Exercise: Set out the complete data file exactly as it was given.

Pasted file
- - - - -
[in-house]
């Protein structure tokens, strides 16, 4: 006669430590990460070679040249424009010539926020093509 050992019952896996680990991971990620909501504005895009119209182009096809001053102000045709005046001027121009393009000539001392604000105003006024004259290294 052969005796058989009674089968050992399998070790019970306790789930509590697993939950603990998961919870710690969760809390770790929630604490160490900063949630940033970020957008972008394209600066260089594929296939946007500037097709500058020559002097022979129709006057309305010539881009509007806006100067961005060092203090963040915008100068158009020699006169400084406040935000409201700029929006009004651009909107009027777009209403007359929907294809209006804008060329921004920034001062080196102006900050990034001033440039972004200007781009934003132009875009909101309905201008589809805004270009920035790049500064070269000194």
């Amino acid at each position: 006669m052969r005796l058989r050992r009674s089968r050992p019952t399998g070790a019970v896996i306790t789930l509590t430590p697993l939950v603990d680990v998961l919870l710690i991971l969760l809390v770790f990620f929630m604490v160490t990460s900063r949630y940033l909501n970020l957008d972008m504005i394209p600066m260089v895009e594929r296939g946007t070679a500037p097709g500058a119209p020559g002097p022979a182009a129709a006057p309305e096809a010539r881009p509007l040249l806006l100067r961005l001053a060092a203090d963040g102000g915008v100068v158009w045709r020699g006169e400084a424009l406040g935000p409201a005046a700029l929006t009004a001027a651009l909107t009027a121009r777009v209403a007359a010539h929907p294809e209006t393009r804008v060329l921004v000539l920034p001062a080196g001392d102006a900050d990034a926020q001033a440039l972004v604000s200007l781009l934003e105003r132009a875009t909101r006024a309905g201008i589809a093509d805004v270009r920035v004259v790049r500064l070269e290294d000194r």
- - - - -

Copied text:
[in-house]
């Protein structure tokens, strides 16, 4: 006669430590990460070679040249424009010539926020093509 050992019952896996680990991971990620909501504005895009119209182009096809001053102000045709005046001027121009393009000539001392604000105003006024004259290294 052969005796058989009674089968050992399998070790019970306790789930509590697993939950603990998961919870710690969760809390770790929630604490160490900063949630940033970020957008972008394209600066260089594929296939946007500037097709500058020559002097022979129709006057309305010539881009509007806006100067961005060092203090963040915008100068158009020699006169400084406040935000409201700029929006009004651009909107009027777009209403007359929907294809209006804008060329921004920034001062080196102006900050990034001033440039972004200007781009934003132009875009909101309905201008589809805004270009920035790049500064070269000194």
């Amino acid at each position: 006669m052969r005796l058989r050992r009674s089968r050992p019952t399998g070790a019970v896996i306790t789930l509590t430590p697993l939950v603990d680990v998961l919870l710690i991971l969760l809390v770790f990620f929630m604490v160490t990460s900063r949630y940033l909501n970020l957008d972008m504005i394209p600066m260089v895009e594929r296939g946007t070679a500037p097709g500058a119209p020559g002097p022979a182009a129709a006057p309305e096809a010539r881009p509007l040249l806006l100067r961005l001053a060092a203090d963040g102000g915008v100068v158009w045709r020699g006169e400084a424009l406040g935000p409201a005046a700029l929006t009004a001027a651009l909107t009027a121009r777009v209403a007359a010539h929907p294809e209006t393009r804008v060329l921004v000539l920034p001062a080196g001392d102006a900050d990034a926020q001033a440039l972004v604000s200007l781009l934003e105003r132009a875009t909101r006024a309905g201008i589809a093509d805004v270009r920035v004259v790049r500064l070269e290294d000194r």